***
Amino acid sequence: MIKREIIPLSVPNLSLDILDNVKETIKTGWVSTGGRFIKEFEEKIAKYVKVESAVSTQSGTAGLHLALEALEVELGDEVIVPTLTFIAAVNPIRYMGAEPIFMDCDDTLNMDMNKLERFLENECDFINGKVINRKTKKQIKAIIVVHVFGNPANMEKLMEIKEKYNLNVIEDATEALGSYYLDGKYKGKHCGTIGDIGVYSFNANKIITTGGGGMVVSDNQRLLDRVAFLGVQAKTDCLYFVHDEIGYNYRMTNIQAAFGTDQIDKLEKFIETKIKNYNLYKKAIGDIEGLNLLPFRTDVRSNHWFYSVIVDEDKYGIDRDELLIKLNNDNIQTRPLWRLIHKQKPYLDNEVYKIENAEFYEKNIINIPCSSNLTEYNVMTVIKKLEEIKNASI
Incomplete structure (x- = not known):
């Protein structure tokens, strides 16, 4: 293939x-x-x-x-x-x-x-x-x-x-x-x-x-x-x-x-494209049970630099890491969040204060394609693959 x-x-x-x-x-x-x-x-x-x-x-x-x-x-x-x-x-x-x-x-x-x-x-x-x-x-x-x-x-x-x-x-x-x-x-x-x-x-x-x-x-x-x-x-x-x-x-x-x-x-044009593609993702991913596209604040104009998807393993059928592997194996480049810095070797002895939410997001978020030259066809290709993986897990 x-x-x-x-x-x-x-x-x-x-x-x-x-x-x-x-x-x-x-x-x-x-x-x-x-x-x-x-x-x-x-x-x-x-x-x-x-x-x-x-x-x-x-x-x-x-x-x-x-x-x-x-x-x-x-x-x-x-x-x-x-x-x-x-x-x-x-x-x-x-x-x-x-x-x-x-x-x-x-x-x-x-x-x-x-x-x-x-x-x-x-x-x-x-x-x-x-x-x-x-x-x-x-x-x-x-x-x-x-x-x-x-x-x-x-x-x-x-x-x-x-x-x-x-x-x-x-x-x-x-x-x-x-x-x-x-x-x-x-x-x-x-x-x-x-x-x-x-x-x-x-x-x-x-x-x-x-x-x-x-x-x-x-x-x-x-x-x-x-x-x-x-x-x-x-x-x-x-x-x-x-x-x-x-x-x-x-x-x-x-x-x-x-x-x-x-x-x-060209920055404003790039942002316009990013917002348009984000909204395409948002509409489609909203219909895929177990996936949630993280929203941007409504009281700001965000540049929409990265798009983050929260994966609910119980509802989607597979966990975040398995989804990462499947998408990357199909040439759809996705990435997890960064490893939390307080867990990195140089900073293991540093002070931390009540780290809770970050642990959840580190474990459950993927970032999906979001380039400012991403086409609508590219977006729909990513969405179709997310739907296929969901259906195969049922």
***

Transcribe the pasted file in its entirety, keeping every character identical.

Amino acid sequence: MIKREIIPLSVPNLSLDILDNVKETIKTGWVSTGGRFIKEFEEKIAKYVKVESAVSTQSGTAGLHLALEALEVELGDEVIVPTLTFIAAVNPIRYMGAEPIFMDCDDTLNMDMNKLERFLENECDFINGKVINRKTKKQIKAIIVVHVFGNPANMEKLMEIKEKYNLNVIEDATEALGSYYLDGKYKGKHCGTIGDIGVYSFNANKIITTGGGGMVVSDNQRLLDRVAFLGVQAKTDCLYFVHDEIGYNYRMTNIQAAFGTDQIDKLEKFIETKIKNYNLYKKAIGDIEGLNLLPFRTDVRSNHWFYSVIVDEDKYGIDRDELLIKLNNDNIQTRPLWRLIHKQKPYLDNEVYKIENAEFYEKNIINIPCSSNLTEYNVMTVIKKLEEIKNASI
Incomplete structure (x- = not known):
């Protein structure tokens, strides 16, 4: 293939x-x-x-x-x-x-x-x-x-x-x-x-x-x-x-x-494209049970630099890491969040204060394609693959 x-x-x-x-x-x-x-x-x-x-x-x-x-x-x-x-x-x-x-x-x-x-x-x-x-x-x-x-x-x-x-x-x-x-x-x-x-x-x-x-x-x-x-x-x-x-x-x-x-x-044009593609993702991913596209604040104009998807393993059928592997194996480049810095070797002895939410997001978020030259066809290709993986897990 x-x-x-x-x-x-x-x-x-x-x-x-x-x-x-x-x-x-x-x-x-x-x-x-x-x-x-x-x-x-x-x-x-x-x-x-x-x-x-x-x-x-x-x-x-x-x-x-x-x-x-x-x-x-x-x-x-x-x-x-x-x-x-x-x-x-x-x-x-x-x-x-x-x-x-x-x-x-x-x-x-x-x-x-x-x-x-x-x-x-x-x-x-x-x-x-x-x-x-x-x-x-x-x-x-x-x-x-x-x-x-x-x-x-x-x-x-x-x-x-x-x-x-x-x-x-x-x-x-x-x-x-x-x-x-x-x-x-x-x-x-x-x-x-x-x-x-x-x-x-x-x-x-x-x-x-x-x-x-x-x-x-x-x-x-x-x-x-x-x-x-x-x-x-x-x-x-x-x-x-x-x-x-x-x-x-x-x-x-x-x-x-x-x-x-x-x-x-060209920055404003790039942002316009990013917002348009984000909204395409948002509409489609909203219909895929177990996936949630993280929203941007409504009281700001965000540049929409990265798009983050929260994966609910119980509802989607597979966990975040398995989804990462499947998408990357199909040439759809996705990435997890960064490893939390307080867990990195140089900073293991540093002070931390009540780290809770970050642990959840580190474990459950993927970032999906979001380039400012991403086409609508590219977006729909990513969405179709997310739907296929969901259906195969049922």